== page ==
Tobacco plants have been engineered to manufacture an alluring perfume of insect sex pheromones, which could be used to confuse would-be pests looking for love and reduce the need for harmful pesticides.
By using precision gene engineering techniques, researchers at the Earlham Institute in Norwich have been able to turn tobacco plants into solar-powered factories for moth sex pheromones.
Critically, they’ve shown how the production of these molecules can be efficiently managed so as not to hamper normal plant growth.
Pheromones are complex chemicals produced and released by an organism as a means of communication. They allow members of the same species to send signals, which includes letting others know they’re looking for love.
Farmers can hang pheromone dispersers among their crops to mimic the signals of female insects, trapping or distracting the males from finding a mate. Some of these molecules can be produced by chemical processes but chemical synthesis is often expensive and creates toxic byproducts.
Dr Nicola Patron, who led this new research and heads the Synthetic Biology Group at the Earlham Institute, uses cutting-edge science to get plants to produce these valuable natural products.
Synthetic biology applies engineering principles to the building blocks of life, DNA. By creating genetic modules with the instructions to build new molecules, Dr Patron and her group can turn a plant such as tobacco into a factory that only needs sunlight and water.
“Synthetic biology can allow us to engineer plants to make a lot more of something they already produced, or we can provide the genetic instructions that allow them to build new biological molecules, such as medicines or these pheromones,” said Dr Patron.
In this latest work, the team worked with scientists at the Plant Molecular and Cell Biology Institute in Valencia to engineer a species of tobacco, Nicotiana benthamiana, to produce moth sex pheromones. The same plant has previously been engineered to produce ebola antibodies and even coronavirus-like particles for use in Covid vaccines.
The Group built new sequences of DNA in the lab to mimic the moth genes and introduced a few molecular switches to precisely regulate their expression, which effectively turns the manufacturing process on and off.
An important component of the new research was the ability to fine tune the production of the pheromones, as coercing plants to continuously build these molecules has its drawbacks.
“As we increase the efficiency, too much energy is diverted away from normal growth and development,” explained Dr Patron.
“The plants are producing a lot of pheromone but they’re not able to grow very large, which essentially reduces the capacity of our production line. Our new research provides a way to regulate gene expression with much more subtlety.”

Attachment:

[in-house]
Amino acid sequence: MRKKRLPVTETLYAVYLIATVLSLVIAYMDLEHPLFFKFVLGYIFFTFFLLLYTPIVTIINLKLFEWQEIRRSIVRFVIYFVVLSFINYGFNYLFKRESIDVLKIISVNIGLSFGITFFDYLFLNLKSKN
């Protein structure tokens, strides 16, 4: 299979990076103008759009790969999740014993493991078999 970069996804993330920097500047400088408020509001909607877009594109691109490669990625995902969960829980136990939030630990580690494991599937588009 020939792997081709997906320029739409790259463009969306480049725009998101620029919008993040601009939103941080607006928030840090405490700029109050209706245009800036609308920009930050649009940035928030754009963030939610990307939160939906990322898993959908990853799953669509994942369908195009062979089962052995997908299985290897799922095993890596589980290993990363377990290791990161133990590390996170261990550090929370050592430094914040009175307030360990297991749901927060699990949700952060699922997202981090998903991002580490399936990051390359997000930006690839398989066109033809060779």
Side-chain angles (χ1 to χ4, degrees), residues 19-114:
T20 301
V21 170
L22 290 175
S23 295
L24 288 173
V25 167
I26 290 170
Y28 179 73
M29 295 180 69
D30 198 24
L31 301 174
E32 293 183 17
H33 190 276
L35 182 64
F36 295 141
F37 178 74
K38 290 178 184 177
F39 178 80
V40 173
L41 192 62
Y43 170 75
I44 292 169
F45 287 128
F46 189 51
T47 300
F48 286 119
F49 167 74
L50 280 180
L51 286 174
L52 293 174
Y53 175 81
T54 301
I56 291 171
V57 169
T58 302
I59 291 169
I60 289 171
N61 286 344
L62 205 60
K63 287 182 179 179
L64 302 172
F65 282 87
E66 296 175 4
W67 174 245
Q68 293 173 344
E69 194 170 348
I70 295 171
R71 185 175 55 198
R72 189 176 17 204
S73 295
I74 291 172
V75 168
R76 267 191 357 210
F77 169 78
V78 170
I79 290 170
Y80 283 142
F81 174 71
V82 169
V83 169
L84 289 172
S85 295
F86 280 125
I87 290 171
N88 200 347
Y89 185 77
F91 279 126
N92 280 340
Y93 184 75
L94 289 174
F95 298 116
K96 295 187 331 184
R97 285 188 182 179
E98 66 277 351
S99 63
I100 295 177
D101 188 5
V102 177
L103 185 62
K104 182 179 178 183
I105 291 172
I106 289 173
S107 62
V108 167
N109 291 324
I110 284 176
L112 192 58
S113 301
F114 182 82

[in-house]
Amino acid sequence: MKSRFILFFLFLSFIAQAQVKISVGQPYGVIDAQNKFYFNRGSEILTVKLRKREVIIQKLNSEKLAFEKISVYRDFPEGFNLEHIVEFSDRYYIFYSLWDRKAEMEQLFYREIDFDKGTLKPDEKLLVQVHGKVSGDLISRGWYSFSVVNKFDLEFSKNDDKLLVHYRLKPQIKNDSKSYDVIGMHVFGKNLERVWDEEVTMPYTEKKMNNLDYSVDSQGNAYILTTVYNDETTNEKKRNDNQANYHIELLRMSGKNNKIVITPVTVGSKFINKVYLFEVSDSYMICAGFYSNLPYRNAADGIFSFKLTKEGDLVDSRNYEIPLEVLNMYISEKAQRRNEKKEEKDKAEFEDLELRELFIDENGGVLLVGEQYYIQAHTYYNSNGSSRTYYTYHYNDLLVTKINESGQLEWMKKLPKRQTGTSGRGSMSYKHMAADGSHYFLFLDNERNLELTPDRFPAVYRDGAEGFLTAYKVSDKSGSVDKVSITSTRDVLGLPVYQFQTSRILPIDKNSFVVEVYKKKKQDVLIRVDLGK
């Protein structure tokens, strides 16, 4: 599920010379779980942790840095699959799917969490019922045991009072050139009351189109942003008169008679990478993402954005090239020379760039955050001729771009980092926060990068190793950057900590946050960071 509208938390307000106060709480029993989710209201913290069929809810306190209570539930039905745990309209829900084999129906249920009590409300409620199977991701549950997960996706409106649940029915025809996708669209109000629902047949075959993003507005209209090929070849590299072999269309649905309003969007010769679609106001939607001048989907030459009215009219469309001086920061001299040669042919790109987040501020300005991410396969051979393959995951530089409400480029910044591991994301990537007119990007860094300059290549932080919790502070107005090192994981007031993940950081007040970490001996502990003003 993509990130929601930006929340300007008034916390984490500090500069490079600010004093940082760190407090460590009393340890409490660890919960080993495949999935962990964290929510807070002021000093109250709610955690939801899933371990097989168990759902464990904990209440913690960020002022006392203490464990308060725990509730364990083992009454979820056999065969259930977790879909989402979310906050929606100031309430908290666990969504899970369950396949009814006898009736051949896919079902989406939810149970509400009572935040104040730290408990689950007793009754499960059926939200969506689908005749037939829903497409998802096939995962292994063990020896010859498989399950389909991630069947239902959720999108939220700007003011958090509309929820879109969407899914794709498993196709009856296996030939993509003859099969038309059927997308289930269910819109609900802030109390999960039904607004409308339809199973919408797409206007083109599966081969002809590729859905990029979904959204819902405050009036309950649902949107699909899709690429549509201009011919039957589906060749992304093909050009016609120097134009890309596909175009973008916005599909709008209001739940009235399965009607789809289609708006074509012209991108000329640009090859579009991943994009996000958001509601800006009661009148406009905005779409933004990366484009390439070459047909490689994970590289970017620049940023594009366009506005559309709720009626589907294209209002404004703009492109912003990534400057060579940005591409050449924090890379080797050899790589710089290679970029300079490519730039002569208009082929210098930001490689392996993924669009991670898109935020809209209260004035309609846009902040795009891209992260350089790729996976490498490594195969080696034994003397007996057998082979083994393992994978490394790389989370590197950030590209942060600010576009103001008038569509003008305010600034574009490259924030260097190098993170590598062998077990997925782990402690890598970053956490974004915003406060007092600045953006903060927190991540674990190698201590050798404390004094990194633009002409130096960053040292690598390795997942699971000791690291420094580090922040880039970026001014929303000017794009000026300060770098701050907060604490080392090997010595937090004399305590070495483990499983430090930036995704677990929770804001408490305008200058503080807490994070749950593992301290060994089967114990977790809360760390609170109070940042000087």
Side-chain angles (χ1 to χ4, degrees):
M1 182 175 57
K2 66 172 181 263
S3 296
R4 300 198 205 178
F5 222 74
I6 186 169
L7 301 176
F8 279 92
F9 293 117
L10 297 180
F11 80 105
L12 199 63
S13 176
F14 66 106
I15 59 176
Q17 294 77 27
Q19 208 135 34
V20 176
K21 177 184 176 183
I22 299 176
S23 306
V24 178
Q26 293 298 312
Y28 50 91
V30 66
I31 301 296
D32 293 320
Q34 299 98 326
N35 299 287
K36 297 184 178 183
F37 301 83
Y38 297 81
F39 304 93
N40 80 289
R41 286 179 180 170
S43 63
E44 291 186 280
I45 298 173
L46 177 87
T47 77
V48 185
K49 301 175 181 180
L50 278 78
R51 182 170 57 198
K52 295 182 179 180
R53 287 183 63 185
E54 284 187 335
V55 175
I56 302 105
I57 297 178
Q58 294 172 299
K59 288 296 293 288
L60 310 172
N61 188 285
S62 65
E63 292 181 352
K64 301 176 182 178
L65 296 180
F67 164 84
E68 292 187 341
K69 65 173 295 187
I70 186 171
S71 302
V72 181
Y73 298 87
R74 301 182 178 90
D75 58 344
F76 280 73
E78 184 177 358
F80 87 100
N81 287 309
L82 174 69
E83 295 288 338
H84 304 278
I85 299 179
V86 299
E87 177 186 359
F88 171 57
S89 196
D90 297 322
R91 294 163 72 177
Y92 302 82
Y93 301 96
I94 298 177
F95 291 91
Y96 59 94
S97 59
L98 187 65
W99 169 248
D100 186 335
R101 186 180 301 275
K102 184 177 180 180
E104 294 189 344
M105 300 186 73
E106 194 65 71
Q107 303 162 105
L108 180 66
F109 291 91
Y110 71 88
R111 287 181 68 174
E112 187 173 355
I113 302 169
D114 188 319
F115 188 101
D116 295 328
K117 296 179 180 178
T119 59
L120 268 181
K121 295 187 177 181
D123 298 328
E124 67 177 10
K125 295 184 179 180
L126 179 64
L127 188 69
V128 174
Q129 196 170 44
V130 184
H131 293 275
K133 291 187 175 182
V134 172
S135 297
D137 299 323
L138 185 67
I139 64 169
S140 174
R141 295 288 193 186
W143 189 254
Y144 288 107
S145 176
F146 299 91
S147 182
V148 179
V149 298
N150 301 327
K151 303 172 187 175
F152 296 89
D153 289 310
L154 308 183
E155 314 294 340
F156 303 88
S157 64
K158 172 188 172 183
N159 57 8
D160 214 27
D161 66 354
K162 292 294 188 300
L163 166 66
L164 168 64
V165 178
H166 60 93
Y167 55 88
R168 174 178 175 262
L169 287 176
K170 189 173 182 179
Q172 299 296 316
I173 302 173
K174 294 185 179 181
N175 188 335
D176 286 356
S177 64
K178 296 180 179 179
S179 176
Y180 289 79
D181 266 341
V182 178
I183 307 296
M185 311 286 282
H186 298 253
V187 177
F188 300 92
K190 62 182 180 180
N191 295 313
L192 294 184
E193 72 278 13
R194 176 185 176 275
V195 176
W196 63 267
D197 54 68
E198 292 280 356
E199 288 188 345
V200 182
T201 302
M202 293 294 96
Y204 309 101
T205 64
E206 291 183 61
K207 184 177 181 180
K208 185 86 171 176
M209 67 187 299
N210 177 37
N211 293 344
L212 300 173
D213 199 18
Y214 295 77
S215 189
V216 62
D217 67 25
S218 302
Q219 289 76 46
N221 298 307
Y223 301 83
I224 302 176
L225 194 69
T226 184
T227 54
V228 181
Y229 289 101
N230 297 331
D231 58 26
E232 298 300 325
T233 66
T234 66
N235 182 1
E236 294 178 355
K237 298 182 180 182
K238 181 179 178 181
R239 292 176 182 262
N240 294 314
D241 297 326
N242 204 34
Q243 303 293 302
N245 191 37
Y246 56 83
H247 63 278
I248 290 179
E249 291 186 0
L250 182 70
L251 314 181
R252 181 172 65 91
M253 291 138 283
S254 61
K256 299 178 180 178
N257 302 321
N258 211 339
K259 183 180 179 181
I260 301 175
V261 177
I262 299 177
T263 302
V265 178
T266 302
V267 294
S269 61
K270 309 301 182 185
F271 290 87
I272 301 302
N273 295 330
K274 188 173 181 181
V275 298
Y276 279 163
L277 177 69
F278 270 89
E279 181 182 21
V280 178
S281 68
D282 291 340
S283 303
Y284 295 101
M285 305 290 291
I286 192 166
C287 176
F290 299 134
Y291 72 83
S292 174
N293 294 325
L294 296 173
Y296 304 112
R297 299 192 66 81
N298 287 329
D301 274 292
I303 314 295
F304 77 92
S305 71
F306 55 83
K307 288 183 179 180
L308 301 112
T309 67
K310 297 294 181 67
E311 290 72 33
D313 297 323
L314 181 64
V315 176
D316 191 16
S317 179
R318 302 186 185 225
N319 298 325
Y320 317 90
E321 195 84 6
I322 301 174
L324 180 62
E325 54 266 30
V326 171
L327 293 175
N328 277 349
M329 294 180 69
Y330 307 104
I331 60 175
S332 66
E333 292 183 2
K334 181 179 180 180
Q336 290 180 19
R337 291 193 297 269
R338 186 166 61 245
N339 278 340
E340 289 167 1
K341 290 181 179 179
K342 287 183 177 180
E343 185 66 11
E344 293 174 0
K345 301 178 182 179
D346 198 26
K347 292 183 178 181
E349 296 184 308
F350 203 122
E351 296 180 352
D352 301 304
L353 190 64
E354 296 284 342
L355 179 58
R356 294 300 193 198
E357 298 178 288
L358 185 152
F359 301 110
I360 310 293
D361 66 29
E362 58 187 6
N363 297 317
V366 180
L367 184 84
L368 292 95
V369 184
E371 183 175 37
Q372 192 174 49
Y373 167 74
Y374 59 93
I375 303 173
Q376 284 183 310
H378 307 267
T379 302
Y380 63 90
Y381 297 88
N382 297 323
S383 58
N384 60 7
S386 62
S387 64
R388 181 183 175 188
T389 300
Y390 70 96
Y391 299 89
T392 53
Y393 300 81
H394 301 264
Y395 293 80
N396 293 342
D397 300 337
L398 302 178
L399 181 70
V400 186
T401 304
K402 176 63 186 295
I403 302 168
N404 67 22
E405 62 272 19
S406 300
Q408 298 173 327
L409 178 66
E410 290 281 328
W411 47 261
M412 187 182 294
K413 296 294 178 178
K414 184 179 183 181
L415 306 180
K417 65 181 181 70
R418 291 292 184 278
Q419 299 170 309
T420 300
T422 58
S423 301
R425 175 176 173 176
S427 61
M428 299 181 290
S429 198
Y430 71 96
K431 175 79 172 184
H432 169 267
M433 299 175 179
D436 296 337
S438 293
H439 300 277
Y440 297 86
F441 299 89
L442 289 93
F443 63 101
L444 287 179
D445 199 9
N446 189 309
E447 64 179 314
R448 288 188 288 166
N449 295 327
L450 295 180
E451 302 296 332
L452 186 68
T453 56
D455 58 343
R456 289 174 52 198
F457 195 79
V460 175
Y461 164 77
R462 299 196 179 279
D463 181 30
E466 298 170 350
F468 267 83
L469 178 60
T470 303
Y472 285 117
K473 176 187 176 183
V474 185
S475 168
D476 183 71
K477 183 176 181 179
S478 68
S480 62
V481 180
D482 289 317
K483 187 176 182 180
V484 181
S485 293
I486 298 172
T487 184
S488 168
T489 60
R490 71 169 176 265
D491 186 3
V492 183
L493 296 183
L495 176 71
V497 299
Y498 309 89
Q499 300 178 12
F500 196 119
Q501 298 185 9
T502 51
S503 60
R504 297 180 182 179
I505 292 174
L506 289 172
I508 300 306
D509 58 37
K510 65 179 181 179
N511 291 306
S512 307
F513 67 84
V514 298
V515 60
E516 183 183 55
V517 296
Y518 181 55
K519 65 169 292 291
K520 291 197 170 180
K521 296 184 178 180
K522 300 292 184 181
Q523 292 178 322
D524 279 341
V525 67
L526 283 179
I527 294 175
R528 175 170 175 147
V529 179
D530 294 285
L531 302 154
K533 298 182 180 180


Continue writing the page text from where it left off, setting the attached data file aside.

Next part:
In the lab, the team set about testing and refining the control of genes responsible for producing the mix of specific molecules that mimic the sex pheromones of moth species, including navel orangeworm and cotton bollworm moths.
They showed that copper sulphate could be used to finely tune the activity of the genes, allowing them to control both the timing and level of gene expression. This is particularly important as copper sulphate is a cheap and readily-available compound already approved for use in agriculture.
They were even able to carefully control the production of different pheromone components, allowing them to tweak the cocktail to better suit specific moth species.
“We’ve shown we can control the levels of expression of each gene relative to the others,” said Dr Patron. “This allows us to control the ratio of products that are made.
“Getting that recipe right is particularly important for moth pheromones as they’re often a blend of two or three molecules in specific ratios. Our collaborators in Spain are now extracting the plant-made pheromones and testing them in dispensers to see how well they compare to female moths.”
The team hope their work will pave the way to routinely using plants to produce a wide range of valuable natural products.
“A major advantage of using plants is that it can be far more expensive to build complex molecules using chemical processes,” said Dr Patron. “Plants produce an array of useful molecules already so we’re able to use the latest techniques to adapt and refine the existing machinery.
“In the future, we may see greenhouses full of plant factories – providing a greener, cheaper and more sustainable way to manufacture complex molecules.”
The research is part of the SUSPHIRE project, which received support from ERACoBiotech funded by the Horizon 2020 research and innovation program and the UKRI Biotechnology and Biological Sciences Research Council (BBSRC).
This article was originally posted by our partner, the Earlham Institute here.